React excessively out of fear

Fear of animals is a mechanism designed to protect us from predators, preparing them to fight or flee. But overreacting out of fear – that is, paralyzing or losing control – is a mechanism that benefits the predator.

In humans, things are not particularly different. When we feel threatened by danger, a series of chemical, organic, and behavioral reactions kick in, which we collectively call fear.

This is a response designed to resolve a specific situation and put us out of danger. In fact, it is a healthy reaction which has a paradoxical character in our society. On the one hand, we have suffered from very high levels of fear, but on the other hand, we do not find the danger that we have to flee or with which to struggle, which is experienced as a continuous and contradictory experience of anguish.

    The problem of overreacting and surrendering to fear and anxiety

    The chronification of anxiety and fear of fear, of trying to avoid it anyway, makes us more and more prone to overreact.. To undergo the dramatic experience of panic, which consists of a series of thoughts and chemical reactions that affect the organs leading to disorganization of behavior, incompatible with self-protection, which leaves the subject at the mercy of his enemy, making a series of actions to defend themselves.

    Panic from a psychological point of view involves letting go of the body and experiencing helplessness to perform any protective action or attack.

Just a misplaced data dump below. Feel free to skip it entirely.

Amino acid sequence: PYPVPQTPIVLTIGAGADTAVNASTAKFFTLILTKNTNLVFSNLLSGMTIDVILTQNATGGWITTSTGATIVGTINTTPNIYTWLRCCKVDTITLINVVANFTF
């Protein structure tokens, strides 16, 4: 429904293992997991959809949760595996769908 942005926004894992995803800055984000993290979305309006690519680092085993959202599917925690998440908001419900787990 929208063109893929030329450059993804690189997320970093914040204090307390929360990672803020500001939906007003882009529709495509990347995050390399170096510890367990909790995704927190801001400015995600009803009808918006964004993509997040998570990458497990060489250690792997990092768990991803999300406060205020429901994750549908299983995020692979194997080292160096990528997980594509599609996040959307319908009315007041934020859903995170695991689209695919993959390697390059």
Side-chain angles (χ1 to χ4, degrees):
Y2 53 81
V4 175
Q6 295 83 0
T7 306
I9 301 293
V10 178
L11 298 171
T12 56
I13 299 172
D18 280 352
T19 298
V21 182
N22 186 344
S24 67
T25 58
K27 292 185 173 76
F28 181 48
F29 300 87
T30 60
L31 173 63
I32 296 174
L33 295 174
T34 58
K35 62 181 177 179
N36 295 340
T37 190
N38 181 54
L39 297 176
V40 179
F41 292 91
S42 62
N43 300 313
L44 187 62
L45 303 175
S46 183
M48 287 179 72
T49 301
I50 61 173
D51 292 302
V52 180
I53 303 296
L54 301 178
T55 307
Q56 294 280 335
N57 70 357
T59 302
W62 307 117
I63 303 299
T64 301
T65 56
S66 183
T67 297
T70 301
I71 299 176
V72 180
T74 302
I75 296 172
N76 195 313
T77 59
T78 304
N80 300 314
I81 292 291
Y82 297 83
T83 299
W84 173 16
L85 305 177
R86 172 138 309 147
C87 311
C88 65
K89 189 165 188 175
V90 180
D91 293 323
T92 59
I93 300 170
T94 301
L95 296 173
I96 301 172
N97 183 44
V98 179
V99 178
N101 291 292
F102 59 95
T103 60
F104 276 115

There are many reasons for a person to panic in the face of a situation. From the true nature of the danger which is indeed immense and inaccessible, to the mistaken perception of fragility or of its ability to defend itself.

    Panic and chronic anxiety are often associated with unnecessary ritualistic behaviors, such as compulsion or magical thinking, delusions and hallucinations, disorganizing behavior, and the person as a social being.

    But panic is at the same time a good Trojan horse for any virus and therefore something that makes us more vulnerable to COVID-19 and many other viruses that we normally carry, like herpes, for example. And as many others as others can transmit to us, even if we hardly notice them all.

    Taming fear and avoiding panic is a Herculean task. It cannot be solved with a trick or a magic trick, it resides in that area of ​​the brain called the amygdala, which is in charge of a person’s emotional life and is inseparable from it. At most, what everyone could try to integrate into their daily life to improve their ability to take care of themselves would be:

    • Increase self-control in each situation.
    • Improve the feeling of self-efficacy.
    • Increase the freedom to make decisions.
    • Improve the ability to take small risks and be successful.
    • Increases resistance capacity.
    • Increase knowledge about the problem and play an active role in finding solutions.
    • Have support and action groups.
    • Put the notion of fear back in its place, assuming it is designed to trigger escape and struggle responses.

    We must remember that in the animal world, panic is, in many cases, the main strategy of a hunter who seeks to minimize his efforts and risks.

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